Dean Yates, former Reuters Bureau Chief in Iraq, reflects on the deaths of Reuters staff in 2007 and what it taught him about PTSD and compassion.
Sarah Jacob speaks to Randa Abdel-Fattah about the Australian media’s reticence to talk about Palestine.
India’s Hindu nationalist government has put in place two pieces of legislation that could lead to the biggest crisis of citizenship since World War II.
How does one person make a difference? Samantha Power’s memoir shows how she balanced her activist nature with her work as presidential Cabinet official, along with the challenges she faced in developing her own idealism.
We need to persistently press abusive leaders to end violations.
As nations turn inward in response to COVID-19, the institutions safeguarding refugees face an uncertain future.
The need to take urgent action on climate change is clear, for our environment, for our economy and for our human rights, Hugh de Kretser from the HRLC explains.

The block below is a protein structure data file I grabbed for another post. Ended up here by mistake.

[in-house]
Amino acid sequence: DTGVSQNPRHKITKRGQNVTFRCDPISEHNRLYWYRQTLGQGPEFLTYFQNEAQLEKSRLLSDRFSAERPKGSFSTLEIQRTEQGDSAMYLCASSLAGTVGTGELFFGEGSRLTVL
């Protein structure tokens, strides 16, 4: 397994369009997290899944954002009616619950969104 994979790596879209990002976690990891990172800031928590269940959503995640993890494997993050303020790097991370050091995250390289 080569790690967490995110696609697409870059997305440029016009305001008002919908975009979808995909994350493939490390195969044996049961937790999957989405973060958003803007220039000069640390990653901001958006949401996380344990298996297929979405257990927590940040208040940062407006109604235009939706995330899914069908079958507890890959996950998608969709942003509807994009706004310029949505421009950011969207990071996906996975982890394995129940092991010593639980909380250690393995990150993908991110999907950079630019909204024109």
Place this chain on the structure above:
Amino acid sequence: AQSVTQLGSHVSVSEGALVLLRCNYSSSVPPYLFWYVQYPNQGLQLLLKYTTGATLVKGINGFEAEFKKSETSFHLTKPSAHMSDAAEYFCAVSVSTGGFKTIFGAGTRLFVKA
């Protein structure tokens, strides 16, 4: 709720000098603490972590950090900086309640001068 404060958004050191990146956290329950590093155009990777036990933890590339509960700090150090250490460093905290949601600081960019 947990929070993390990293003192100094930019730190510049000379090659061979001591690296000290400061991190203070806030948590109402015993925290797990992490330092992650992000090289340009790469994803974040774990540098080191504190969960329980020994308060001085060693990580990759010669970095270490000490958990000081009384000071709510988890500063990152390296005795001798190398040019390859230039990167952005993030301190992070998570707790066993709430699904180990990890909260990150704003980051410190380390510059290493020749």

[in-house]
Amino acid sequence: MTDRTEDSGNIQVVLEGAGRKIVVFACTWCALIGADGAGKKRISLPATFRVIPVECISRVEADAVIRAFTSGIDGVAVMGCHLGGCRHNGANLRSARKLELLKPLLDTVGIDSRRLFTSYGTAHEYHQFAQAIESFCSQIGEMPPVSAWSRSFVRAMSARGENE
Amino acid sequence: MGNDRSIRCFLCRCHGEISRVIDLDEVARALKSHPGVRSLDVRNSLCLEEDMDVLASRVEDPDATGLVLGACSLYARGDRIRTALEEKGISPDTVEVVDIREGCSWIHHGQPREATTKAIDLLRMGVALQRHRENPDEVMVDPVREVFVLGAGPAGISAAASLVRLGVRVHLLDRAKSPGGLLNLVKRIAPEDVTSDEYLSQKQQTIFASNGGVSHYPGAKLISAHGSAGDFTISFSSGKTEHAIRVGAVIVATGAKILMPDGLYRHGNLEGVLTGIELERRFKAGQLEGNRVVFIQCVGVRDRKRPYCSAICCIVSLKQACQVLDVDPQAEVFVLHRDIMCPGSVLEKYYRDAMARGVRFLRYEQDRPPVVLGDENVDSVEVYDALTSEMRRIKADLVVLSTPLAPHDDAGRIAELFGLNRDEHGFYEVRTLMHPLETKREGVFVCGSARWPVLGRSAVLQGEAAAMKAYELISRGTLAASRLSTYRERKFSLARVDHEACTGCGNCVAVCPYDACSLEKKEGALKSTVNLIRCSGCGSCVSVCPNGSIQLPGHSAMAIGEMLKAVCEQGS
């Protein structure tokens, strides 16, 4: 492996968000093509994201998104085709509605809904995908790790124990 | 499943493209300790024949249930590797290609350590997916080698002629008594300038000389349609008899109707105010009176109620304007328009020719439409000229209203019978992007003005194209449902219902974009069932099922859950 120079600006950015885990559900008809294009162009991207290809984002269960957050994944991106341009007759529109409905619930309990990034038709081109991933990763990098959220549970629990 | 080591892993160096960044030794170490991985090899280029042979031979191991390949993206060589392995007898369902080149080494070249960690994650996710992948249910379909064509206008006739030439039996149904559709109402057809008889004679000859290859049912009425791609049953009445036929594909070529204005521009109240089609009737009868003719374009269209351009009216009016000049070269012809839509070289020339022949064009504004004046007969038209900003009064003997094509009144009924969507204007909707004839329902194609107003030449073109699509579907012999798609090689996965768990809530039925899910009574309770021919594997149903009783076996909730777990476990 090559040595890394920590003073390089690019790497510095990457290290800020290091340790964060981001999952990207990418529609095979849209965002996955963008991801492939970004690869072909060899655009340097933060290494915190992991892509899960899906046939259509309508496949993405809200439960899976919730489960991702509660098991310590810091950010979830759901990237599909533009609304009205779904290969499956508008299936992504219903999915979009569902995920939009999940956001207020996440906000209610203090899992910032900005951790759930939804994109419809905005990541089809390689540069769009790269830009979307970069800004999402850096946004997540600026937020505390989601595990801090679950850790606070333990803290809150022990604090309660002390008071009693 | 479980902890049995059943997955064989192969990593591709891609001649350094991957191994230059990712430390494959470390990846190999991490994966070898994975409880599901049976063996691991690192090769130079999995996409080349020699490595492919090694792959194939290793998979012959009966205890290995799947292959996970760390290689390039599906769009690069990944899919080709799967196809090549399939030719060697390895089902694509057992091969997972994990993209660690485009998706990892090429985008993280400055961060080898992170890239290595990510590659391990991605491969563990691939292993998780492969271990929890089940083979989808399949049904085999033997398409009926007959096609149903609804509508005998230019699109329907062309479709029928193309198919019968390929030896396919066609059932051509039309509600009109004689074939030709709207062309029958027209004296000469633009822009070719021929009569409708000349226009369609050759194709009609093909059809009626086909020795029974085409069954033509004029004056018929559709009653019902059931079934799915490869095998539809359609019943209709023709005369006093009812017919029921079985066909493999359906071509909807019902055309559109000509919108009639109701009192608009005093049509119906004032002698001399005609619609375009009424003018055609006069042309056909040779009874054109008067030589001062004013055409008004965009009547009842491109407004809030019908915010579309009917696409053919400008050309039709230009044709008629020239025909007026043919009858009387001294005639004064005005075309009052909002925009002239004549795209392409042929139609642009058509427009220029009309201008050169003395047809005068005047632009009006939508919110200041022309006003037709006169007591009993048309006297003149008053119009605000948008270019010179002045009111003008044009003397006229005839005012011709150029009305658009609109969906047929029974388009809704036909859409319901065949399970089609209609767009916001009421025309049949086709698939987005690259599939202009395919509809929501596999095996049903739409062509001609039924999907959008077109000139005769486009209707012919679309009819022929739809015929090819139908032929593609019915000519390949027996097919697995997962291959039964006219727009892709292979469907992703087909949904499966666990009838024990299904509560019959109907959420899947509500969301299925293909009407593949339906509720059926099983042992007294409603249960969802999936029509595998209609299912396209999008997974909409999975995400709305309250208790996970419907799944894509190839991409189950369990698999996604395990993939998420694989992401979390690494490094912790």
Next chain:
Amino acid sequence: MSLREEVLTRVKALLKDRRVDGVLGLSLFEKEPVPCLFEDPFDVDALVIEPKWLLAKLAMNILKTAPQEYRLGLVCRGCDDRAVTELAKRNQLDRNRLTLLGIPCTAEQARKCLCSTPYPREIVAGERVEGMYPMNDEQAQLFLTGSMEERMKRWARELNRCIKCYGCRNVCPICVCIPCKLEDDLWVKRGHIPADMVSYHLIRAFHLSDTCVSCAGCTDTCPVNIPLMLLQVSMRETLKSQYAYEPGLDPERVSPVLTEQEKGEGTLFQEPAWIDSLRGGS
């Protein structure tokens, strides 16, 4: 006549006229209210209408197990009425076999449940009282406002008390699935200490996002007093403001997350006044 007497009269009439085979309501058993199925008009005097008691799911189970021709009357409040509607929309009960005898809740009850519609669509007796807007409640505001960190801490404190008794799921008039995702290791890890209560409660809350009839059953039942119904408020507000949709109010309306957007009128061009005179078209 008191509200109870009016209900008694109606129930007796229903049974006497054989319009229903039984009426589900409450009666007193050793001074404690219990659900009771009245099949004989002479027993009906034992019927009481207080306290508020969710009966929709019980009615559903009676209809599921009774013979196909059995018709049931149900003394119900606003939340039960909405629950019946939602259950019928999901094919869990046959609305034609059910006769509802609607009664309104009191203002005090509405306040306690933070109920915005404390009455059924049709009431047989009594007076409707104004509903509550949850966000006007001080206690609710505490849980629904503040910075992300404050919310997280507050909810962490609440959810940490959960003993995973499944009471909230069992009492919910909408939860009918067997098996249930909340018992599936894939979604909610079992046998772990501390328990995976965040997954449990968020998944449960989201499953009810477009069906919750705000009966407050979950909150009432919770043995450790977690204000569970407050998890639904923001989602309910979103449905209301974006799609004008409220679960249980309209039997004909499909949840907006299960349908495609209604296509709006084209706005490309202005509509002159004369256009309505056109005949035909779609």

Stephenie Lau returns to her roots to witness the pro-democracy movement and to experience this defining moment in Hong Kong’s history.
Joy McCann has travelled extensively in the Southern Ocean; from the icy shores of Antarctica to beaches teeming with life in South Georgia. There are many threats facing the Southern Ocean in the decade ahead but there is also a little bit of good news.
Janelle Koh speaks with Elizabeth Kuiper about her new novel, Little Stones, and its’ portrayal of Zimbabwe’s complicated inheritance – Robert Mugabe’s legacy.
Isobel Hodge’s poem considers the rise of the far-right in Spain, after Vox gain 24 seats in Congress on a platform of anti-immigration, anti-feminism and nationalism.
Claire G Coleman blurs the lines between the personal, political and speculative, asking us to reconsider where it is our stories come from.